If you were out in the middle of nowhere for three days or stuck at home due to man made or natural disaster, what would you need to survive? Here are numerous items that are essential for survival. Keep in mind this is a basic list that might be proactively packed in a “go bag” or in a big plastic tub to keep at work or in your home or car. Each category and item can be significantly expanded upon and researched by Googling the key word.

1MClean water and/or iodine tablets and water access

Your body is mostly water; water is the No. 1. tool for survival. For three days you’d need three liters. To expand your water supply, have with you iodine tablets to purify river or groundwater. Consider an investment on a 55 gallon barrel water storage system.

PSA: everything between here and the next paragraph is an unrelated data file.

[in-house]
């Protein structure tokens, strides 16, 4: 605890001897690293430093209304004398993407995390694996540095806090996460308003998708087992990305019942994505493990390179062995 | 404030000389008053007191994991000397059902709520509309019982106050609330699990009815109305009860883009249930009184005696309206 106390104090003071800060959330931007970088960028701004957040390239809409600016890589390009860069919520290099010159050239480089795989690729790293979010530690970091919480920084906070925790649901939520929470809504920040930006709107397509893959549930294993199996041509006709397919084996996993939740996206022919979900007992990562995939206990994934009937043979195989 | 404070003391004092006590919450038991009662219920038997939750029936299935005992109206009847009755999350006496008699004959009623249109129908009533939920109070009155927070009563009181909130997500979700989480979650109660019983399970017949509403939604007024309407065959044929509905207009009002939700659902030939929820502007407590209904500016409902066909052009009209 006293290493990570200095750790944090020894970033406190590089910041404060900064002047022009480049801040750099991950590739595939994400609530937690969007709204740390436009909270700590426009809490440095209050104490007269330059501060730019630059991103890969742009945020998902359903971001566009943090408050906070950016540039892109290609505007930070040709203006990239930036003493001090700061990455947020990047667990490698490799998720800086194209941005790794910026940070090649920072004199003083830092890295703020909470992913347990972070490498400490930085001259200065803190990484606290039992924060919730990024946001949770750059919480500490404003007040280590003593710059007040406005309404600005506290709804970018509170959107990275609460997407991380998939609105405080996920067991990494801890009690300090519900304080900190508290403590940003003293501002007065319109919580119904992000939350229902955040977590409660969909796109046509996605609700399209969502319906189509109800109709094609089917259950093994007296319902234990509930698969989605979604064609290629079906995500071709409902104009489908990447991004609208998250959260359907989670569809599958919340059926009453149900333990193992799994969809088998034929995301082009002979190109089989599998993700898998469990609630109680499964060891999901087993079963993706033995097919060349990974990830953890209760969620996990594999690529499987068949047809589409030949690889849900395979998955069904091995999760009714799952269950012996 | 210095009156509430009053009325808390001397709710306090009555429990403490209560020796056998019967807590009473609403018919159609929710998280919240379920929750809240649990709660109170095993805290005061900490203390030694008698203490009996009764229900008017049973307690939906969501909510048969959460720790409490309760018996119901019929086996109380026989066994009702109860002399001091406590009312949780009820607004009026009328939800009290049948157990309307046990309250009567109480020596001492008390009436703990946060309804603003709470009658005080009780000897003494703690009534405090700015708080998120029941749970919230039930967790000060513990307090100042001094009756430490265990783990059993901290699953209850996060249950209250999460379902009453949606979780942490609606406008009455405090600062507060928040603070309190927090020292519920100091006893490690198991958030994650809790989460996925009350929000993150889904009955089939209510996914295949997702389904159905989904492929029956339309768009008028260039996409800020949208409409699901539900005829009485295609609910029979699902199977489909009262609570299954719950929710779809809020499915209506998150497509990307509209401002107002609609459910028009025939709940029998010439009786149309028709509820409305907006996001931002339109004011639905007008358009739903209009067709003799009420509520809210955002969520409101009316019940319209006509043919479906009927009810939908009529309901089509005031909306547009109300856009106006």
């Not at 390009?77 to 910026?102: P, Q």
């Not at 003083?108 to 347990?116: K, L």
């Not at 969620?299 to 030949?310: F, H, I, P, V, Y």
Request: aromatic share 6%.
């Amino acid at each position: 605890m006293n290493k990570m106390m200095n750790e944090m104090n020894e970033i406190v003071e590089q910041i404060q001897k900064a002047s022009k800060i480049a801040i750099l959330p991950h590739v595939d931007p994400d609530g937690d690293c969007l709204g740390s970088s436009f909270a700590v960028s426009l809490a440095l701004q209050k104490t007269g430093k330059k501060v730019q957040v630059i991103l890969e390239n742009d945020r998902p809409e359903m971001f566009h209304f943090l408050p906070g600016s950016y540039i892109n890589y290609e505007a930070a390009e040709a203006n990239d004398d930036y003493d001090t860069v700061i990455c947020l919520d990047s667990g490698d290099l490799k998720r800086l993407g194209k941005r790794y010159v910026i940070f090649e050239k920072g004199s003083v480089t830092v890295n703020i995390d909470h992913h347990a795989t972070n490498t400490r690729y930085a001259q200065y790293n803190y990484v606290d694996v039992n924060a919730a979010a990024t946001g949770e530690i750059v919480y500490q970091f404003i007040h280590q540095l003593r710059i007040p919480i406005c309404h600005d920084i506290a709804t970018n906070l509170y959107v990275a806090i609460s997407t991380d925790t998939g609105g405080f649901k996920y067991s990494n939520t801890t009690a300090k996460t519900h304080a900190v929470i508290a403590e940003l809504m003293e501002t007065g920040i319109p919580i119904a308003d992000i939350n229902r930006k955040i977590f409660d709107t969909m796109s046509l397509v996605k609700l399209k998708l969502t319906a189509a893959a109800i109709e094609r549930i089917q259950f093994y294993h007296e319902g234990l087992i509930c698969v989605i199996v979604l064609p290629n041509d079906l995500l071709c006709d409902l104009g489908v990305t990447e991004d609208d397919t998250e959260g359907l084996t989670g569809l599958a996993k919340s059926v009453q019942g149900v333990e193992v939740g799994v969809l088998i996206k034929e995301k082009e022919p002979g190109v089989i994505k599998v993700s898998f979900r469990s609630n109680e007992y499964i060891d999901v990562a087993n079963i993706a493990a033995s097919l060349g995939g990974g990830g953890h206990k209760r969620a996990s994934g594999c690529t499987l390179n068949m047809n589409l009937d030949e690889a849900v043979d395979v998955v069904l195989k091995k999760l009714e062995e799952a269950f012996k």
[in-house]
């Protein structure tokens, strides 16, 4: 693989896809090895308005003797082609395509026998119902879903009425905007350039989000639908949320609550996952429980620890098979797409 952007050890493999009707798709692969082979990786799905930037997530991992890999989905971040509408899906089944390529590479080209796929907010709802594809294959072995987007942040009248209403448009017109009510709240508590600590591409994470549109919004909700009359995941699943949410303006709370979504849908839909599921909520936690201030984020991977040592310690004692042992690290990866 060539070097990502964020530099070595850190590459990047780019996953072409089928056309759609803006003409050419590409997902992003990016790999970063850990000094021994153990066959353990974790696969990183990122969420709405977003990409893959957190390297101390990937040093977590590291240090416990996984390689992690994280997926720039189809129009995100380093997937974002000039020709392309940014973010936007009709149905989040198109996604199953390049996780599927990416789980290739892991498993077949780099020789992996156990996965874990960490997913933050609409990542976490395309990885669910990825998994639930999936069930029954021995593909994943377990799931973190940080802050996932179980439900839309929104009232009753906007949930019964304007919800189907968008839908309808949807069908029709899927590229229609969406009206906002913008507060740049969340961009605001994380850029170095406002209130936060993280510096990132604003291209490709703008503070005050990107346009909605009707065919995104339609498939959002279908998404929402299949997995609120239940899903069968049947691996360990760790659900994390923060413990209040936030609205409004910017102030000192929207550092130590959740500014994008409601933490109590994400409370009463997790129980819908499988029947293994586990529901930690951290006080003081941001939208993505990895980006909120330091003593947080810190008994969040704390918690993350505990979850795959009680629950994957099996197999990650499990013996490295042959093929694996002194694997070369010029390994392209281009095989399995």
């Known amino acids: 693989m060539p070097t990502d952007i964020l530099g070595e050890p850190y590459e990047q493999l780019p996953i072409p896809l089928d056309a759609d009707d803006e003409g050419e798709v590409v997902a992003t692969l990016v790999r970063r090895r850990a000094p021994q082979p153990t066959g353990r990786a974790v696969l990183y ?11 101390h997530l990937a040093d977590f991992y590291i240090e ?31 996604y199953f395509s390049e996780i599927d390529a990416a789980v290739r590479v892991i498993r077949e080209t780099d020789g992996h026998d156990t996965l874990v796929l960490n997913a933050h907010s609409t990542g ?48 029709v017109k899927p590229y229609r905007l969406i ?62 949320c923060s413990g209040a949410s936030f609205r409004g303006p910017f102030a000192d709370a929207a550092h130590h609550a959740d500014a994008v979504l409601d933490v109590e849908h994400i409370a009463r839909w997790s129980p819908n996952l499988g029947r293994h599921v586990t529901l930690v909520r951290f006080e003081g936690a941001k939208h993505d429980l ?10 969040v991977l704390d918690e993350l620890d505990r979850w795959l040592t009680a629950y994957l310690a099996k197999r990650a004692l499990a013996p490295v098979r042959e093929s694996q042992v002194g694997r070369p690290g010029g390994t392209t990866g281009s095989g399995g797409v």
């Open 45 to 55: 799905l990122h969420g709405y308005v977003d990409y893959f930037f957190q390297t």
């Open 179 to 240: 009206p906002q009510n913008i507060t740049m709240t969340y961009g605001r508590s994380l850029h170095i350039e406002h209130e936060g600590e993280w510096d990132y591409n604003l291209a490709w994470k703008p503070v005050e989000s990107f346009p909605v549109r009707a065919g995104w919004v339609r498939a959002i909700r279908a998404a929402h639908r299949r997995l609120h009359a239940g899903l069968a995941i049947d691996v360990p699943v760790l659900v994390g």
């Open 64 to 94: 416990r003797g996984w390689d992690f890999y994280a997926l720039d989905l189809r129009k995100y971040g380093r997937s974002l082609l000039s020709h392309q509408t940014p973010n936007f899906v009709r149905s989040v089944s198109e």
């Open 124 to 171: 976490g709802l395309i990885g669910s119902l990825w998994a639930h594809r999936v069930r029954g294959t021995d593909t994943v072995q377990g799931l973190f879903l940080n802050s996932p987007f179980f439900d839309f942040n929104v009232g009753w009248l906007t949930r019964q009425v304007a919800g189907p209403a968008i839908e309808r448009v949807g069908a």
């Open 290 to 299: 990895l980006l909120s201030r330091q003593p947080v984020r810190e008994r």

Food

“Energy” bars are high in sugars and pack nicely. So-called backpack meals are also useful. Canned tuna is high in protein. Costco offers months to years’ worth of survival food.

Clothes

  • Sturdy shoes (hiking footwear is even better)
  • Hooded rain resistant jacket
  • Two shirts and long pants (not cotton; cotton retains moisture)
  • Two pairs of socks (wool if you anticipate cold)
  • Long underwear (polypropylene will keep you warm)
  • Wide brimmed hat
  • Bandana
  • Sunglasses
  • Gloves (not necessarily for cold protection, but what if you have to handle earth and rocks?)
  • Plastic bags (to wear over your socks to keep wetness away)
  • Rubberbands (to secure the plastic bags to your ankles)

Shelter

  • Tent (or tarp and a way to set it up)
  • Ground tarp (or sleeping pad) to insulate against ground wetness